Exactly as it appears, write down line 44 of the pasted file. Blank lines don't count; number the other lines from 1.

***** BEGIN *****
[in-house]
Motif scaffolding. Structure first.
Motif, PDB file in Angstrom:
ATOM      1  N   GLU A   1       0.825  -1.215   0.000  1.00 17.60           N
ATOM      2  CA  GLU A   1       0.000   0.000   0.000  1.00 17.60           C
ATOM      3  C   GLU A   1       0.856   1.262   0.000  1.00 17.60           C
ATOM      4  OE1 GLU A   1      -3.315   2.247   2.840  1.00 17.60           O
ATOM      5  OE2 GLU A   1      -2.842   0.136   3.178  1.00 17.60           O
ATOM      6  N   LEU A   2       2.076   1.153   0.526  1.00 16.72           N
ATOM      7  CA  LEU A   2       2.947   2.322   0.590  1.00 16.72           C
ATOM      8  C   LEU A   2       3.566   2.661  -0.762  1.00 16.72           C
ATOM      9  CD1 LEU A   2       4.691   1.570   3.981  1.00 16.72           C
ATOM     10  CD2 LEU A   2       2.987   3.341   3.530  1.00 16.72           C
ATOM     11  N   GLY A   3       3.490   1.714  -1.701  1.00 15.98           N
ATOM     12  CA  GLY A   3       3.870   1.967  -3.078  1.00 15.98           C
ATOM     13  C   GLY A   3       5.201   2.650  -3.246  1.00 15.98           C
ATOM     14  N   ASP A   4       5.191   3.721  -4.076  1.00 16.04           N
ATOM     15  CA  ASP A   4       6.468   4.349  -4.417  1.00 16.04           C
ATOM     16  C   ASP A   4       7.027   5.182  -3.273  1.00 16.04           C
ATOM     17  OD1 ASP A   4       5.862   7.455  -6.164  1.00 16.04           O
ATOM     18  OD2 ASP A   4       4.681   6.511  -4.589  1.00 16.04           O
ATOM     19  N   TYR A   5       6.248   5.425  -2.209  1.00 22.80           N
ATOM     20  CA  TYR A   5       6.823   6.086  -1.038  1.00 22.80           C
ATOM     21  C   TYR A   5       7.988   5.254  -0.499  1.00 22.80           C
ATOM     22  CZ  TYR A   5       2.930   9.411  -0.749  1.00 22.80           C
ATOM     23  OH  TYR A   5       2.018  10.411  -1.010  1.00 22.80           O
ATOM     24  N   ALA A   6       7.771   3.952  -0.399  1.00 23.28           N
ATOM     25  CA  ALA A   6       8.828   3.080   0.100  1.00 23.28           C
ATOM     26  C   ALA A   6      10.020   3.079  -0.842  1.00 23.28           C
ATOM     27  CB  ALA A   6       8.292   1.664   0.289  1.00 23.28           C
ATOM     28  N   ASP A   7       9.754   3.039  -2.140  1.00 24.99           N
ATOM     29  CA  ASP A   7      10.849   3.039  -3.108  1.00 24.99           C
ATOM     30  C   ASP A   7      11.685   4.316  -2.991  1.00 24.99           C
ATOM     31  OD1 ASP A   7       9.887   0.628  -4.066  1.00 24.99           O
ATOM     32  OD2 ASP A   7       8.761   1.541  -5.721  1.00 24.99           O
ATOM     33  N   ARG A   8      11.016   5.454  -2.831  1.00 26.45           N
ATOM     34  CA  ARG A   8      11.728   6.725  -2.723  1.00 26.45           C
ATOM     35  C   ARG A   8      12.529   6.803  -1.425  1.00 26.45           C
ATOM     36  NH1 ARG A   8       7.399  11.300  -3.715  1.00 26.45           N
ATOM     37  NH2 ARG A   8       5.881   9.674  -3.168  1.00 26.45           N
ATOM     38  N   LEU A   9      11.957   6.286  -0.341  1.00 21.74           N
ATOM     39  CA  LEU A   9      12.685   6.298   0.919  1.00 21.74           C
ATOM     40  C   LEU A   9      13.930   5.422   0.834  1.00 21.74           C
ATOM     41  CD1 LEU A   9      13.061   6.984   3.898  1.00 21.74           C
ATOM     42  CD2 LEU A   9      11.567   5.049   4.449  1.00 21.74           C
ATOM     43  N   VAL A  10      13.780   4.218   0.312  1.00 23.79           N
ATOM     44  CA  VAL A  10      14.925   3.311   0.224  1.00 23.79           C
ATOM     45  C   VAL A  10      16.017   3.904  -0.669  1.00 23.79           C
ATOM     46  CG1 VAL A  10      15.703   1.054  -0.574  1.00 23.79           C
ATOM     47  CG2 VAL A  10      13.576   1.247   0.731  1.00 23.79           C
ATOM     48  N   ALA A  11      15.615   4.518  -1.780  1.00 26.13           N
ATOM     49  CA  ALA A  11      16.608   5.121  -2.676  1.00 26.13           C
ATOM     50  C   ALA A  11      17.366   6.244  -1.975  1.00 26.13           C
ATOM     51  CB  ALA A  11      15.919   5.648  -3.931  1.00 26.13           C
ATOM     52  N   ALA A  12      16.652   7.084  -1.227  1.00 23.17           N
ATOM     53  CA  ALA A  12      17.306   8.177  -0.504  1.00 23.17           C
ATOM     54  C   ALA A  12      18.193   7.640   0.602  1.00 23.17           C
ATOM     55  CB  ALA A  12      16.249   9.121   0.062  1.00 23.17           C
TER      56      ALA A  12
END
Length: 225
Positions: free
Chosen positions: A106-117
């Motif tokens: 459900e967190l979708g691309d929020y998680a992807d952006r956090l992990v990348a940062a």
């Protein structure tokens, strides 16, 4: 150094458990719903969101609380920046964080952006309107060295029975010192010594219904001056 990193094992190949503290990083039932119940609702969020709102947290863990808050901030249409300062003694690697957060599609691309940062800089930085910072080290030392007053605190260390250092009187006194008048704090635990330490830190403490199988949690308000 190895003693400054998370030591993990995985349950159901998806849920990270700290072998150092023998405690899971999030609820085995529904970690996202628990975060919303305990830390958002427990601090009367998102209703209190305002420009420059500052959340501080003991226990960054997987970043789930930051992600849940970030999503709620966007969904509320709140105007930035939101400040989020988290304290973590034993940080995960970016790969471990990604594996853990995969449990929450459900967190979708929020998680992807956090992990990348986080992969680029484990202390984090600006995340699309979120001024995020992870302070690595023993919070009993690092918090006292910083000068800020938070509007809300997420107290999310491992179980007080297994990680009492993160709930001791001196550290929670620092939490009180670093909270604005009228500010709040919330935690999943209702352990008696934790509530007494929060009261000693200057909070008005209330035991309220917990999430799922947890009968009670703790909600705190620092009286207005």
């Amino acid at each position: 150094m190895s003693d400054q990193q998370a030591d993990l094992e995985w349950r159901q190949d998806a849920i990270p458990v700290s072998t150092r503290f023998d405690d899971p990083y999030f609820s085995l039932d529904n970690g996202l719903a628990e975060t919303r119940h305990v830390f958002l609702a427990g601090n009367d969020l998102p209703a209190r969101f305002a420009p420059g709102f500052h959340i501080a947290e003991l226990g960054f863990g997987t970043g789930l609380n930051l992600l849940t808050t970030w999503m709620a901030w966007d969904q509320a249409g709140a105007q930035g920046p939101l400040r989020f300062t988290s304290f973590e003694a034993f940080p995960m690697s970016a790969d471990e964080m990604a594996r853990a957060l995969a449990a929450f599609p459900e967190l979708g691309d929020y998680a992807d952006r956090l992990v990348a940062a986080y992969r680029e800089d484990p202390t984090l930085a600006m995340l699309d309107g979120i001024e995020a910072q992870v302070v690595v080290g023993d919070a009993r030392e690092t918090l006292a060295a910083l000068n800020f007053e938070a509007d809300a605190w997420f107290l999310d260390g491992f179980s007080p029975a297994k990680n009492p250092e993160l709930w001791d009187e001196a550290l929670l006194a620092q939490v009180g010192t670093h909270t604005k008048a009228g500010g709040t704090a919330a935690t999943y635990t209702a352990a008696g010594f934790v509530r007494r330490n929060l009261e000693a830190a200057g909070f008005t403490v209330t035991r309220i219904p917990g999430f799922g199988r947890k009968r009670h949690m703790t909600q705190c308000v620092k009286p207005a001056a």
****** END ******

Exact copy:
ATOM     41  CD1 LEU A   9      13.061   6.984   3.898  1.00 21.74           C